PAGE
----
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Letters to the Editor 

Week of October 22, 2003

Comments
Gonzo Politics

This guy's not ready to run the city: I really wanted Matt Gonzalez to be the candidate for mayor that progressive San Francisco has been waiting for ["The Great Left Hope," by Lessley Anderson and Jack Cheevers, Oct. 8]. Unfortunately, I've been disappointed.

There's a difference between being firm in your beliefs and being so caught up in your own agenda that you've lost sight of everything else. From engaging in childish battles with the hotel industry to getting into arguments with police officers over jaywalking (how junior high was that?) ["Using Arnold to Get Gavin," Matt Smith, Oct. 8], it's clear that Gonzalez isn't ready to be mayor.

It really is too bad. Progressive San Francisco deserves better.

Sam Byrnes
Mission

Screw pretty boys and celebrities; give me a pol with experience!: It's time to reject the argument that Matt Gonzalez (or Gavin Newsom) could end up being the next mayor of San Francisco because of his good looks and fawning female groupies. I don't care if the rest of California thinks that the appropriate résumé for government work begins with celebrity status and ends with a good-looking wife. We deserve better in San Francisco.

Terri Witherspoon
Via Internet

You vapid little fools!: I hoped for more. I'm a genuinely undecided voter who's trying, so far unsuccessfully, to learn enough about the mayoral candidates to make an informed decision. The Chronicle has barely deigned to notice that a mayoral race is even going on, the Bay Guardian's ideological ax-grinding makes its coverage suspect, and the mayoral debates that I've attended have consisted largely of empty posturing.

I hoped that SF Weekly's articles on Matt Gonzalez would help me evaluate at least one candidate, but no such luck. Instead you dished up vapid profiles that were entirely devoid of any substantive discussion of the problems the next mayor will face. I don't blame Gonzalez for his evident irritation with your reporters' laserlike focus on irrelevant trivia.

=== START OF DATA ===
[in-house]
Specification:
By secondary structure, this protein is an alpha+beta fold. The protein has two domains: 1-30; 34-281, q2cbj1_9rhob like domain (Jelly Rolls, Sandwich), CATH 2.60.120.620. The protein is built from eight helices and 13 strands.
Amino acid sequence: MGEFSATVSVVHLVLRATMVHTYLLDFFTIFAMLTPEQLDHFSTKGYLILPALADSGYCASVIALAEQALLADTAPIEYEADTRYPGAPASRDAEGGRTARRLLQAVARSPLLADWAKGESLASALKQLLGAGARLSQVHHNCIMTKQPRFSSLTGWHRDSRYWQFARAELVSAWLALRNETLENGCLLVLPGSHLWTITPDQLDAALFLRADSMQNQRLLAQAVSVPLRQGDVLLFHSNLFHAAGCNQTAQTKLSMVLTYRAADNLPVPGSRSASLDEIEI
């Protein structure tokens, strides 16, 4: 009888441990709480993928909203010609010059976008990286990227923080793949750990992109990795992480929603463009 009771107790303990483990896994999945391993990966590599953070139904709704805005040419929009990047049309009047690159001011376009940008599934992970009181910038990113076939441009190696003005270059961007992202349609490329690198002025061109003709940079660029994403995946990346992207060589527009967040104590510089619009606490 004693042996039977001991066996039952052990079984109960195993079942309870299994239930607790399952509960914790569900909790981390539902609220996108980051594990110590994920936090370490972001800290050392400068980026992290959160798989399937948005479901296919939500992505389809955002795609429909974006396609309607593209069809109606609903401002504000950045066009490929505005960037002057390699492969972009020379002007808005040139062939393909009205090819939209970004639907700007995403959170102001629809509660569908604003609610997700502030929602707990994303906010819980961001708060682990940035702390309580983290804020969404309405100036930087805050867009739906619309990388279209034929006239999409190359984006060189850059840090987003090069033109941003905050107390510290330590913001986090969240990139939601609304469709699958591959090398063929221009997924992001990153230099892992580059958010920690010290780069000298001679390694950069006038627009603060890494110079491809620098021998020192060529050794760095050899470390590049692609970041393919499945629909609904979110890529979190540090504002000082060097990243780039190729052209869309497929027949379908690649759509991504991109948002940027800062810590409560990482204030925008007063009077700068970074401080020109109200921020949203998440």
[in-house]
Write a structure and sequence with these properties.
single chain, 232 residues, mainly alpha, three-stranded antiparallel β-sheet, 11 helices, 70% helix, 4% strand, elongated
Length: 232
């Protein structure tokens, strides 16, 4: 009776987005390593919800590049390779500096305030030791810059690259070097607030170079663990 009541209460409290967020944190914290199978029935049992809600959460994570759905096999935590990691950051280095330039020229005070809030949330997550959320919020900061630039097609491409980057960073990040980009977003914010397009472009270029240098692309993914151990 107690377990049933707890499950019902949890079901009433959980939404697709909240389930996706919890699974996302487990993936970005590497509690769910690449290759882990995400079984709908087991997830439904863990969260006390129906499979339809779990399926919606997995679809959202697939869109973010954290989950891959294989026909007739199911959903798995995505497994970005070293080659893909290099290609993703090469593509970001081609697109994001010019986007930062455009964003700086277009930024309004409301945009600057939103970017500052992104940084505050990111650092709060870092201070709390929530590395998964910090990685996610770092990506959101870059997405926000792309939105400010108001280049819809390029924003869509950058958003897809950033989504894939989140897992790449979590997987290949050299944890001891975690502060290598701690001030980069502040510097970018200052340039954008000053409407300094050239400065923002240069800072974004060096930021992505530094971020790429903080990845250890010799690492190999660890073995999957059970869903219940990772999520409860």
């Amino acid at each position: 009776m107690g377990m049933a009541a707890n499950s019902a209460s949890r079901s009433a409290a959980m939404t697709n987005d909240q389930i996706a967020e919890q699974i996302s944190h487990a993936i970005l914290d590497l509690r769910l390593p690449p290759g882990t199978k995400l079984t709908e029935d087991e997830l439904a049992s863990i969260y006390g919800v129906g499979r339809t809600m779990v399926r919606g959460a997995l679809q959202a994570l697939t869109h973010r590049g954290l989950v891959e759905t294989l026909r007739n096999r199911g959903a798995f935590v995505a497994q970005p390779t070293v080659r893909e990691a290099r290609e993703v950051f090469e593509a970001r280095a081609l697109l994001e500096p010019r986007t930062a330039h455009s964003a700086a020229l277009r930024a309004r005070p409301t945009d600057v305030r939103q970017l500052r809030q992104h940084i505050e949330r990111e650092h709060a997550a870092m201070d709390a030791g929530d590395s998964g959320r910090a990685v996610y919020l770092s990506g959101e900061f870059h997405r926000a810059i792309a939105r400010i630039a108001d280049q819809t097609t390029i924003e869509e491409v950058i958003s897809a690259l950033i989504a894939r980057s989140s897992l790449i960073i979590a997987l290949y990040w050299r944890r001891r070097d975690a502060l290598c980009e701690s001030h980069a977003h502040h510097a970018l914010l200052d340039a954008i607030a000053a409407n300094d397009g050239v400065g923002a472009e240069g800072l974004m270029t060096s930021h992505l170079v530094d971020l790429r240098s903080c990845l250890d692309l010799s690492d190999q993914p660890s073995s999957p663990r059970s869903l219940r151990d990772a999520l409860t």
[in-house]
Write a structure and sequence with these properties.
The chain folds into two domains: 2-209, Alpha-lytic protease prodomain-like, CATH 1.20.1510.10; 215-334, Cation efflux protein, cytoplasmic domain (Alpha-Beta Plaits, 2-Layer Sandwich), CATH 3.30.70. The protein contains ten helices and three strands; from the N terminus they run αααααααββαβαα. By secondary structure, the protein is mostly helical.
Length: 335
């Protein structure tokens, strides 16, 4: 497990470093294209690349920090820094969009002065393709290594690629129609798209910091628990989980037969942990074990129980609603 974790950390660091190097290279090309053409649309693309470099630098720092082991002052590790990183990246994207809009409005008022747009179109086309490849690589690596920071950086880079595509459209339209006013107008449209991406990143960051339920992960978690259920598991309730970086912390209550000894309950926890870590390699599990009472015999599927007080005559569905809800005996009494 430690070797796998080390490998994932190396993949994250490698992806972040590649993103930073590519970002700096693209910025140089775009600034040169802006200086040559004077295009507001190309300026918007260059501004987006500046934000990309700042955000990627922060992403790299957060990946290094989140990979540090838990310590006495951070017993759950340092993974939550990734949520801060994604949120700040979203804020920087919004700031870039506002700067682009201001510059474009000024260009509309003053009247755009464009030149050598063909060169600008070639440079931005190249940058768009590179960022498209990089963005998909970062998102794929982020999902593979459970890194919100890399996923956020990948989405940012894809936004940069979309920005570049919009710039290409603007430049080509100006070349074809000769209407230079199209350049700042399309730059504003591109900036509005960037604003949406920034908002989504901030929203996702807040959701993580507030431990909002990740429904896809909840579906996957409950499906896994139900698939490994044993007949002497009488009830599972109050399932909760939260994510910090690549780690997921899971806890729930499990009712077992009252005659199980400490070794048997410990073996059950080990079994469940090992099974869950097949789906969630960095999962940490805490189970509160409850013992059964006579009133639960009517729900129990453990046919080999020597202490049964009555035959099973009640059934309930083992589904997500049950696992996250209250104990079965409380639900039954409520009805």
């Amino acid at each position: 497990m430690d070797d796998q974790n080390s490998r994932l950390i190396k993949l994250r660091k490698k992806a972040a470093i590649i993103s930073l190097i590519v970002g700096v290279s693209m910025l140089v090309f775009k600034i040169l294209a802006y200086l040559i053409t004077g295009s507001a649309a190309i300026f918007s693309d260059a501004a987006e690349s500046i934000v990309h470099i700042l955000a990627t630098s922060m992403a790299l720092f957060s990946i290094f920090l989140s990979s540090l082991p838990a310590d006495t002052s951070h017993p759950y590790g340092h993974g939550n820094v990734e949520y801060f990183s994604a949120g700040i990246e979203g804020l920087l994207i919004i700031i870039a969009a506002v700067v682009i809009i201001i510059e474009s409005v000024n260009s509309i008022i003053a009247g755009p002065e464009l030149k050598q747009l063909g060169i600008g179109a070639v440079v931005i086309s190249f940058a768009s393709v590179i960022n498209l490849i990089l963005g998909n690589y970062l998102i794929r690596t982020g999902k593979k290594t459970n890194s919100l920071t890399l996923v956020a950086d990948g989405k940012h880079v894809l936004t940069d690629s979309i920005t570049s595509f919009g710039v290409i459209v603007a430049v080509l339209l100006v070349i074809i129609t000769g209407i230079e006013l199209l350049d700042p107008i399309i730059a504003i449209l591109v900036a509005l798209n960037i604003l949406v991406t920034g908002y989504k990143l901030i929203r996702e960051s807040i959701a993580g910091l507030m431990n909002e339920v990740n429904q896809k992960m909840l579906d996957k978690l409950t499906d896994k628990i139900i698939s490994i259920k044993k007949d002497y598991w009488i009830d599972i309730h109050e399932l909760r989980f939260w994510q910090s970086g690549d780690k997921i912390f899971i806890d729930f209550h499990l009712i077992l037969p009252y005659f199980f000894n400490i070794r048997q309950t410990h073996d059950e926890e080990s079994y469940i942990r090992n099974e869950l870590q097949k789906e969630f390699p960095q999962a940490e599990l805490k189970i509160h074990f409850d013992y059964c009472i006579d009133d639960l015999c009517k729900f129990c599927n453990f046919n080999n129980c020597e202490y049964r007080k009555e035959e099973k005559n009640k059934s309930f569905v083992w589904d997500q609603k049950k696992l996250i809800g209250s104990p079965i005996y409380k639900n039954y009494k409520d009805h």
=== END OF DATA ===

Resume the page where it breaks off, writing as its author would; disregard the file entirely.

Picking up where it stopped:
Next time SF Weekly reporters are tempted to vent about the vacuity of local politics, they should first look in the mirror to remind themselves who's at fault.

Christopher Pederson
Hayes Valley

You insightful little scamps!: The cover article on Matt Gonzalez met my three-prong test for good political reporting: It was interesting, informative, and balanced. And although I support Angela Alioto's candidacy, I am glad that Gonzalez is in the race because he brings additional progressive interests into the campaign. And I hope whichever progressive candidate emerges from the general election to face Newsom in the runoff, all progressive candidates and voters will merge to support that person.

Based on the article, I do have two questions for Gonzalez: First, do you really think that your debating skills are so prodigious as to scare away an experienced and successful trial lawyer like Angela Alioto? And second, if your debating skills are so prodigious, why did the very flawed Proposition N, which you opposed in citywide debates with Newsom, win so big?

John M. Kelly
SOMA

All Keyed Up

How does this stuff just disappear?: I enjoyed the Dan Siegler piece on the key to the city ["Raiders of the Lost Key," Dog Bites, Sept. 24]. It brought other "missing" things to mind, such as the giant, topographically correct model of San Francisco that once sat outside the Stockton side fare gates at Powell station. Some joker had extricated the mini-Candlestick stadium from it, but it was otherwise intact and quite amazing, actually. Then one day it was gone. I swear it was 10 feet by 10 feet and had a Plexiglas top to prevent further pilfering of stadia or maybe to keep the dust off. Where would such a huge thing go?